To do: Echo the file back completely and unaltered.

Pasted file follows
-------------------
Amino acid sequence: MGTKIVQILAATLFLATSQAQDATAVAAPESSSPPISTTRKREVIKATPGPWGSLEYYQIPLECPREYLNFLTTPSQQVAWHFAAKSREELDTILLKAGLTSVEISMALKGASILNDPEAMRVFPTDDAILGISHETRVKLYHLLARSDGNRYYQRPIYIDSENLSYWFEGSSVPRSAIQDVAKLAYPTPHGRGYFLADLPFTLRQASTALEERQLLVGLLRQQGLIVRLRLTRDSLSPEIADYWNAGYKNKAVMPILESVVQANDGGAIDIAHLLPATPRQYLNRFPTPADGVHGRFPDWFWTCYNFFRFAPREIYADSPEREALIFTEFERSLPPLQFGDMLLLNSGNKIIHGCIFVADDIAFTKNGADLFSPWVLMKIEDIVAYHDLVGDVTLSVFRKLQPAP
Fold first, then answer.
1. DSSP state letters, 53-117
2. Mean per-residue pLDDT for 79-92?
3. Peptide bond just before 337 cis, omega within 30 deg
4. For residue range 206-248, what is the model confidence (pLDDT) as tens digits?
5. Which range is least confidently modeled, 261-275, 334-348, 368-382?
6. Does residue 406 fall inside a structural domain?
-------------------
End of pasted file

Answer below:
Amino acid sequence: MGTKIVQILAATLFLATSQAQDATAVAAPESSSPPISTTRKREVIKATPGPWGSLEYYQIPLECPREYLNFLTTPSQQVAWHFAAKSREELDTILLKAGLTSVEISMALKGASILNDPEAMRVFPTDDAILGISHETRVKLYHLLARSDGNRYYQRPIYIDSENLSYWFEGSSVPRSAIQDVAKLAYPTPHGRGYFLADLPFTLRQASTALEERQLLVGLLRQQGLIVRLRLTRDSLSPEIADYWNAGYKNKAVMPILESVVQANDGGAIDIAHLLPATPRQYLNRFPTPADGVHGRFPDWFWTCYNFFRFAPREIYADSPEREALIFTEFERSLPPLQFGDMLLLNSGNKIIHGCIFVADDIAFTKNGADLFSPWVLMKIEDIVAYHDLVGDVTLSVFRKLQPAP
Fold first, then answer.
1. DSSP state letters, 53-117
2. Mean per-residue pLDDT for 79-92?
3. Peptide bond just before 337 cis, omega within 30 deg
4. For residue range 206-248, what is the model confidence (pLDDT) as tens digits?
5. Which range is least confidently modeled, 261-275, 334-348, 368-382?
6. Does residue 406 fall inside a structural domain?